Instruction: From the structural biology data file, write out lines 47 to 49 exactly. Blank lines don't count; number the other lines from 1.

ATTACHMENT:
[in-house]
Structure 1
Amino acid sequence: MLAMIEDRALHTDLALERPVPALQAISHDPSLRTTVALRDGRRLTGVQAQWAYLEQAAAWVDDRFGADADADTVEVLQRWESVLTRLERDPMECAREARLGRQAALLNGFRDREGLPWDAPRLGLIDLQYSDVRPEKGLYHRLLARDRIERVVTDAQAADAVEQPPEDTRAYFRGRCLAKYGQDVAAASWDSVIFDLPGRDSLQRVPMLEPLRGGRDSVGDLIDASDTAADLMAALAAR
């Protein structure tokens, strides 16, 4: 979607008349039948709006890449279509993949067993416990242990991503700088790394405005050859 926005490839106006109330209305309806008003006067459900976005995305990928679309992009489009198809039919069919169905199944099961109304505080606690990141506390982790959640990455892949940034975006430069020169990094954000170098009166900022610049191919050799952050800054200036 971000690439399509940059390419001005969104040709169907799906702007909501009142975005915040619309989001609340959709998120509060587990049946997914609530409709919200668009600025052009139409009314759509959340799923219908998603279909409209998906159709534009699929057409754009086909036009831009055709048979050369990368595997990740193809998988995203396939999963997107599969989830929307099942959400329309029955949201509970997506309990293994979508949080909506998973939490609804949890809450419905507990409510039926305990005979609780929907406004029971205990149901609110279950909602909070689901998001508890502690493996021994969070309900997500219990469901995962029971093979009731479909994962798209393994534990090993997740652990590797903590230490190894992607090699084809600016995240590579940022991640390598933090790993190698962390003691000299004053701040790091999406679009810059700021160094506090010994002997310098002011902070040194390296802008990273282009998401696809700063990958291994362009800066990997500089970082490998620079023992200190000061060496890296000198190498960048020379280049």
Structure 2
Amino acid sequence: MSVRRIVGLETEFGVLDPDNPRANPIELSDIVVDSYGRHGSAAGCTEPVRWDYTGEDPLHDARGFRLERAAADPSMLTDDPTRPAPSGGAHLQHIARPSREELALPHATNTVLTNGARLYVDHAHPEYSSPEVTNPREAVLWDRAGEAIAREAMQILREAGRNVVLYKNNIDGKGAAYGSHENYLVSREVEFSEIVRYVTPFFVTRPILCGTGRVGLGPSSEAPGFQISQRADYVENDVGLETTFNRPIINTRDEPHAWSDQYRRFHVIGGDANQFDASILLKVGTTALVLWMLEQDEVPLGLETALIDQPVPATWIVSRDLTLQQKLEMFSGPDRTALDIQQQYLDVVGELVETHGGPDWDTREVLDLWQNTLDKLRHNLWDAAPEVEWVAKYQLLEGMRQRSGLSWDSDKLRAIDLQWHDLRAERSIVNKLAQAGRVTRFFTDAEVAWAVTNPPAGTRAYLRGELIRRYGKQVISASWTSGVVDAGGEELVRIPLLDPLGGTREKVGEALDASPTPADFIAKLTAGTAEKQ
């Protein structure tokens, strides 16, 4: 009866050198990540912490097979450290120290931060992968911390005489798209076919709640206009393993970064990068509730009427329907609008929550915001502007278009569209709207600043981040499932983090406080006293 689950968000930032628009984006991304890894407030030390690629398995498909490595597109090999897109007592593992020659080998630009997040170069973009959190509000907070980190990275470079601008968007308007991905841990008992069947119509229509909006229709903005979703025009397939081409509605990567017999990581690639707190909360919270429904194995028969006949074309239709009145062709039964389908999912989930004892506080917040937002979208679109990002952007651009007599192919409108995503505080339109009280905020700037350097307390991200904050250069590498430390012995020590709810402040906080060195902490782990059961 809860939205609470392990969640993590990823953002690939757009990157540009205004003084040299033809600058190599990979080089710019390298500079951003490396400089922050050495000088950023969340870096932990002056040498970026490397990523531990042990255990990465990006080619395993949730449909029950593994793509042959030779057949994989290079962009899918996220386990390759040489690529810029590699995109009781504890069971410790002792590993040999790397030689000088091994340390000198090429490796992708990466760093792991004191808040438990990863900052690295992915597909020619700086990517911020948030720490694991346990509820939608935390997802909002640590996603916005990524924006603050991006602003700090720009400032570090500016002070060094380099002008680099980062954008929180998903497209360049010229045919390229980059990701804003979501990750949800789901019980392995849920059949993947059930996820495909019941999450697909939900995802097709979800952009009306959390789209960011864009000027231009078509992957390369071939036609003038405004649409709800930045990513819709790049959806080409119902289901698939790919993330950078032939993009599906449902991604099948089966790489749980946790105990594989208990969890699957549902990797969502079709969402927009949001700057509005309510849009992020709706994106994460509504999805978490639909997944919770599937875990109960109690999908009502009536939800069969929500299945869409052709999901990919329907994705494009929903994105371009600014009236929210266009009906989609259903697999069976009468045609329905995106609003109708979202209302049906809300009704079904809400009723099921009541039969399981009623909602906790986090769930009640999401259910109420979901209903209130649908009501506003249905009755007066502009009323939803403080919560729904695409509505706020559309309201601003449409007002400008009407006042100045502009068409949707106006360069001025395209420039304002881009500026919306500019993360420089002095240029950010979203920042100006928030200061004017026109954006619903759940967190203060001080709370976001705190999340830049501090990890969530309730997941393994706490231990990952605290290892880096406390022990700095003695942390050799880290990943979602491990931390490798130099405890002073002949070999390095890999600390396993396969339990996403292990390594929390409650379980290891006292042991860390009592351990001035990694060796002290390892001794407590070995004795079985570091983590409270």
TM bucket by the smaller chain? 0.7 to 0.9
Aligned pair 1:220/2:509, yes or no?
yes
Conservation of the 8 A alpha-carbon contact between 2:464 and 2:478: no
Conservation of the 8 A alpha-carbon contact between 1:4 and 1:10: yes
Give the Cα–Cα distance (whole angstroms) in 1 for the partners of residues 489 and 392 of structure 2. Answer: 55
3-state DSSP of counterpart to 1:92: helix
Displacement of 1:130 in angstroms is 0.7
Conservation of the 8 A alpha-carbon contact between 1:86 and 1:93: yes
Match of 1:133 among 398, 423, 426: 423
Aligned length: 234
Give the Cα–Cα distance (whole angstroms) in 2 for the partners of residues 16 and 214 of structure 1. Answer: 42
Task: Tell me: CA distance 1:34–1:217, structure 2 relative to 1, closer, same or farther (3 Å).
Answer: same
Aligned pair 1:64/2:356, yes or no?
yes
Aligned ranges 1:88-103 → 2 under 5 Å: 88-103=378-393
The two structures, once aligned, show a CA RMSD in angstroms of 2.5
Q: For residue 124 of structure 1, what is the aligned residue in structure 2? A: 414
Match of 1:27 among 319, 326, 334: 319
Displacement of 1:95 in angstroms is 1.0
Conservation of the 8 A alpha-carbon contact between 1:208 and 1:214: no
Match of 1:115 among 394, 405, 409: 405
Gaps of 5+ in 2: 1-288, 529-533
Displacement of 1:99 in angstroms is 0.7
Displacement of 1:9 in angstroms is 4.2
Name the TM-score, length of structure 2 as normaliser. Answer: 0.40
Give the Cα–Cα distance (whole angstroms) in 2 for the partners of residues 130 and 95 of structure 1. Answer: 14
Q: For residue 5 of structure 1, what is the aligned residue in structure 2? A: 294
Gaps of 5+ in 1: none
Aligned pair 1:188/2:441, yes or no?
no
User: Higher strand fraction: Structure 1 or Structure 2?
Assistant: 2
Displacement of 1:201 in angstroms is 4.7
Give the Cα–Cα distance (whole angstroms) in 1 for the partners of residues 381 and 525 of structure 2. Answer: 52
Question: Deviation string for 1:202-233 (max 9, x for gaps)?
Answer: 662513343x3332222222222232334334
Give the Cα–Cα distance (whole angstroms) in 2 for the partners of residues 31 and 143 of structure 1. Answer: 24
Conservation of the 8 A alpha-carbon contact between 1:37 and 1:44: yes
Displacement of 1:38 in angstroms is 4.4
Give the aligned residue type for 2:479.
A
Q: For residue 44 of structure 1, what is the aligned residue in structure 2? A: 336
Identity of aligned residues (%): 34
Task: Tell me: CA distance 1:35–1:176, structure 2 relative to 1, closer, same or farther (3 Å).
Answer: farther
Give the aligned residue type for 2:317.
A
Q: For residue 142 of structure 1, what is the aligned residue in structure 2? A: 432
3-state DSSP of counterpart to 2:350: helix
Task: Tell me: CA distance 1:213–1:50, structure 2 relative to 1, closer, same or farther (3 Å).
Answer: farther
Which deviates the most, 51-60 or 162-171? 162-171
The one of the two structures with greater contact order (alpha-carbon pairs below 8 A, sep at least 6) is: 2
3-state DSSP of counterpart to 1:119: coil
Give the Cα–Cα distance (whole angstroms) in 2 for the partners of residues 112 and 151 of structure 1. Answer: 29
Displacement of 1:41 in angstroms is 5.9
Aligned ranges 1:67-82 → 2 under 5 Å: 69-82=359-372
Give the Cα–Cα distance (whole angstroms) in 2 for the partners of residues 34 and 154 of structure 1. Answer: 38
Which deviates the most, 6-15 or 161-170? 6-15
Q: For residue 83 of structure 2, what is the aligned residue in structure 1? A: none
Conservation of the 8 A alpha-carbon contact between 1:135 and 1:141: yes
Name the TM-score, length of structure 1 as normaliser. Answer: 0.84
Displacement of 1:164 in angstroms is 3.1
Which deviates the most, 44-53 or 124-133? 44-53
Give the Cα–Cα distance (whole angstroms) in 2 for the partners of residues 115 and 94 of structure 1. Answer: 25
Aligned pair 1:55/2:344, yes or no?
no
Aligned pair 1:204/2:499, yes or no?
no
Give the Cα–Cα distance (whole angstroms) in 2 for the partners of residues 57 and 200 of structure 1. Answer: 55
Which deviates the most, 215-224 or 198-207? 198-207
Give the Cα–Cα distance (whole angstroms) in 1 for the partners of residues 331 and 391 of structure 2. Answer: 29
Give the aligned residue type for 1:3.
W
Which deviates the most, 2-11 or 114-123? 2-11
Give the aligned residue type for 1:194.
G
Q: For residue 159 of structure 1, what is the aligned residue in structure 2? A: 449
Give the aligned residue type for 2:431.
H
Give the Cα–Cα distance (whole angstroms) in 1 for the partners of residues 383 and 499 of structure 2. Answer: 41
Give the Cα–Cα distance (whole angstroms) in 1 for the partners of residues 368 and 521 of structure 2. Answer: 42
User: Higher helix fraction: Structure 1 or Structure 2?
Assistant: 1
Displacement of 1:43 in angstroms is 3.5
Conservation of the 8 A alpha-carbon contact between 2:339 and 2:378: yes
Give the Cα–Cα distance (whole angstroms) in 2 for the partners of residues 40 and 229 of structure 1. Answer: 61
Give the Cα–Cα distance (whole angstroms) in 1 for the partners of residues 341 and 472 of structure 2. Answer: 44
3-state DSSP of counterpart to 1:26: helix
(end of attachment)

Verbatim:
Conservation of the 8 A alpha-carbon contact between 1:37 and 1:44: yes
Displacement of 1:38 in angstroms is 4.4
Give the aligned residue type for 2:479.